By Milena Mata | Contributor | email@example.com
Photo by: Michael Dunn | Photographer
There are 21 million tons of coal ash surrounding areas of Mobile Bay that can be damaging to the environment, according to Cade Kistler, program director of Mobile Baykeeper. “Protecting Mobile Bay: Our Story” was the third event in the Spring 2022 ecology series held by the Department of English at the Archeology Museum on March 30.
Mobile Baykeeper is a nonprofit organization that advocates for the protection of Mobile Bay Watershed. The organization serves to solve pollution by building relationships with the government – rather than just with other environmental organizations – to gain affirmative action. This year is the 25th anniversary of the organization.
Kistler is a local activist and has been the program director of Mobile Baykeeper for six years. Kistler works to engage and educate the community, especially the young people. He is now also the organization’s baykeeper. Kistler focuses on looking at the big picture and long-term plans. He emphasizes research and collaboration with others to find different solutions.
“We are an environmental watchdog, so we are the organization looking into issues trying to find and stop pollution and hold folks accountable,” said Kistler. “Waterkeepers are unique organizations in that we do our work, and we are not afraid to use the rule of law.”
Kistler addressed the importance of coal ash impacting Alabama’s ecosystem. The Barry Steam Plant in Mobile has burned coal for energy since the late 1950s, leaving coal ash as a by-product in a large pond. This leaks chemicals such as arsenic, mercury and lead into the groundwater. According to Kistler, this poses a threat to Mobile Bay because the ash can move downstream and increase health risks for humans.
The Alabama Power Company wants to enclose the pond under a cap to keep the coal ash in place. Kistler claimed this does not fully solve the problem because groundwater still absorbs the ash, continuing the issue of pollution.
“It’s really not solving a problem. It’s pushing it off into the future,” Kistler said.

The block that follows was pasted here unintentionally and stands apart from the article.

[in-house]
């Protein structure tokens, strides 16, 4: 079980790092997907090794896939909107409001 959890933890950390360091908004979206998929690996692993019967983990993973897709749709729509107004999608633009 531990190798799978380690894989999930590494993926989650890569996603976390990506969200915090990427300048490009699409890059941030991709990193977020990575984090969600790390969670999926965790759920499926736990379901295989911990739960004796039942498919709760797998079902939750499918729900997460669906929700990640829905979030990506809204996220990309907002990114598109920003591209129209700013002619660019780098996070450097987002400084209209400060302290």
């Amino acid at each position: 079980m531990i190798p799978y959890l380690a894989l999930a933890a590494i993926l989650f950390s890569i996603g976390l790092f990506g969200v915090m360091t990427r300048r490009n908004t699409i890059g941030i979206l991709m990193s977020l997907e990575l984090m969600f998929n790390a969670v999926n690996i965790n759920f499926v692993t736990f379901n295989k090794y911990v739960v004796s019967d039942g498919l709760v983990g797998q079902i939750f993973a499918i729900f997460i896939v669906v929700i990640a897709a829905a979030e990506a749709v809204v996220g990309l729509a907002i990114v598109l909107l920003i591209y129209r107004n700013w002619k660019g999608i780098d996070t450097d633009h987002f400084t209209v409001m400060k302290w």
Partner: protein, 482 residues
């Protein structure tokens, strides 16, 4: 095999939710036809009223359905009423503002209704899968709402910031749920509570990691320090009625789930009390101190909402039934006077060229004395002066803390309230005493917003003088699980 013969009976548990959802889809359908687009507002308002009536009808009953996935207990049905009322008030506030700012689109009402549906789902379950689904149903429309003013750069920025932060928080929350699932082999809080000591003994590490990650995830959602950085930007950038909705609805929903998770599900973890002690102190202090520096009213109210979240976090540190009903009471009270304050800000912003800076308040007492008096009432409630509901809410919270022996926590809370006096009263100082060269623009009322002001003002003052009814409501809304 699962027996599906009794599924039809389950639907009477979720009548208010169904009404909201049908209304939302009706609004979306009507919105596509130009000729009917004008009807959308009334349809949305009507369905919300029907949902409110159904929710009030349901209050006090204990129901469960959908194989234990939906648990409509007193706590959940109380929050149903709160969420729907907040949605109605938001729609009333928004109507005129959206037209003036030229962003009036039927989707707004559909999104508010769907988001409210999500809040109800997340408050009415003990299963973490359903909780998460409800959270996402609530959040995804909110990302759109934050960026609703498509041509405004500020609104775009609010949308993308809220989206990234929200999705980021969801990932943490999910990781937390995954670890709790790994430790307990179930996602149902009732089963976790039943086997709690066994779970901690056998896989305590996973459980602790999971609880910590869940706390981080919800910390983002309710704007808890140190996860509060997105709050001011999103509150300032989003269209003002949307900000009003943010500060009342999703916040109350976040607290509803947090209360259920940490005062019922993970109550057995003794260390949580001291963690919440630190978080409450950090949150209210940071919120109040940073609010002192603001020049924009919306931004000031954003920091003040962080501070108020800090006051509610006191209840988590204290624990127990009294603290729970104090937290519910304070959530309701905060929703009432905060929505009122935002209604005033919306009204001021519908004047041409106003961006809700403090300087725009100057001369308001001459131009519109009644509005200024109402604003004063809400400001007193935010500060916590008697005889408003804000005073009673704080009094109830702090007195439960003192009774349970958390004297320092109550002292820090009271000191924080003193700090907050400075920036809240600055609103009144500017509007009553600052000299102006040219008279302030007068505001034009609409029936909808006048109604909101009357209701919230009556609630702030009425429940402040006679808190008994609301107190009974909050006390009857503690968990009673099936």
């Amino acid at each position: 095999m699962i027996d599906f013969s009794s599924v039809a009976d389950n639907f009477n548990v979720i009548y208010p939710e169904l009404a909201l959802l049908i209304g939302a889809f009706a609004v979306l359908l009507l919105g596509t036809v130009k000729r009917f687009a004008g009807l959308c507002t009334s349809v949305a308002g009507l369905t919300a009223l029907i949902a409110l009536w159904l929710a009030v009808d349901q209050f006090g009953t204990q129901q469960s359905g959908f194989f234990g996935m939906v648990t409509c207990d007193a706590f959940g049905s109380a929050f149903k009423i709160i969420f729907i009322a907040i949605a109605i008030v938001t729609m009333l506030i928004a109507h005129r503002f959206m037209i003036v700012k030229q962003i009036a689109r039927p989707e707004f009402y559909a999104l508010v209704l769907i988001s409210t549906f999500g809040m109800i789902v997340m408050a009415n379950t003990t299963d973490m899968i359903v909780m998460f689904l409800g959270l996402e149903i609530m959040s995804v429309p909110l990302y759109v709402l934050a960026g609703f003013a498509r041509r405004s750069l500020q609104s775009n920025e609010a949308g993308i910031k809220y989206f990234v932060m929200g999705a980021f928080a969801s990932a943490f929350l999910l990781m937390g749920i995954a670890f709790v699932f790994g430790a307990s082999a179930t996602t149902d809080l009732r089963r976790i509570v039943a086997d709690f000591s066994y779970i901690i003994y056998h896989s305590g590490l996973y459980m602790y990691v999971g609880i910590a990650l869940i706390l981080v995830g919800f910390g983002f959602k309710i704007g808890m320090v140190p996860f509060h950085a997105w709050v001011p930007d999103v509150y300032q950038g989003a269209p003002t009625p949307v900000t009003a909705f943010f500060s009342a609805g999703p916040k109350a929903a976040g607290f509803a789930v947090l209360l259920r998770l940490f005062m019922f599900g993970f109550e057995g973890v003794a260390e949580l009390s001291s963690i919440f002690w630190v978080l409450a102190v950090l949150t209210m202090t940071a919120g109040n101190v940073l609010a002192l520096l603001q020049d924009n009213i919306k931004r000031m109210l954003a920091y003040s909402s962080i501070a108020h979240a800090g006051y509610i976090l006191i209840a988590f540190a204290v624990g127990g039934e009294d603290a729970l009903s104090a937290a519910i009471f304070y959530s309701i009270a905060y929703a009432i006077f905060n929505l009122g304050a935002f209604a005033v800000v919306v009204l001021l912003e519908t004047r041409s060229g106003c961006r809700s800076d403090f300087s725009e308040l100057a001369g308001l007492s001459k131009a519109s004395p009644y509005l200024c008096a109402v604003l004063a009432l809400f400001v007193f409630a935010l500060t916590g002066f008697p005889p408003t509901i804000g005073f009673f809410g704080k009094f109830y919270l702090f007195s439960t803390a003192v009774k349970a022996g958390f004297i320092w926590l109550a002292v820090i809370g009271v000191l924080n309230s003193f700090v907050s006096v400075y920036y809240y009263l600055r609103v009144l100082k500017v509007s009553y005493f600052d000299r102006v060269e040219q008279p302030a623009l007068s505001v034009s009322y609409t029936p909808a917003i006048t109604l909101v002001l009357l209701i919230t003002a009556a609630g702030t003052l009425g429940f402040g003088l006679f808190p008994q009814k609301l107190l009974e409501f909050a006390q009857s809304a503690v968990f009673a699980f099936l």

According to the program director, a better alternative is to remove the ash from vulnerable areas near waterways and place it in modern landfills or recycle it in concrete. However, landfills can be harmful to the environment.
The Mobile Bay Watershed is a biologically diverse ecosystem, covering 65% of the land area in all of Alabama. It also consists of 250 separate waterways.
Part of what drives this organization is the idea that Mobile Bay belongs to the people, and it should be something everyone can enjoy without fear of pollution. Kistler’s goal is to make it a safe and fun place for people to swim.
Kistler had maps of the wetlands in Alabama to show that about 25,000 acres were lost over the course of about 45 years. Wetlands are important for flood control and the reduction of pollution.
However, Alabama fills wetlands with dirt for development. Mobile Baykeeper makes legal arguments and uses the Clean Water Act to explain why this should not happen. Landfills can be dangerous because the water can filter through the waste and bring pollution into the wetlands. Kistler works to prevent this from leaving the landfill.
“If you get involved in advocacy, what you find out is that every inch is hard-fought,” said Kistler. “Every one of you has a role to play.”
For Kistler, it is not all about science, but also about telling stories to others to spread awareness of the issue. Kistler encourages people to visit the website and vote. It is important to set goals with a clear purpose and get many people involved to advocate for the environment. Kistler encourages young people to become members of other environmental organizations. Everyone’s stories are important because they affect the future.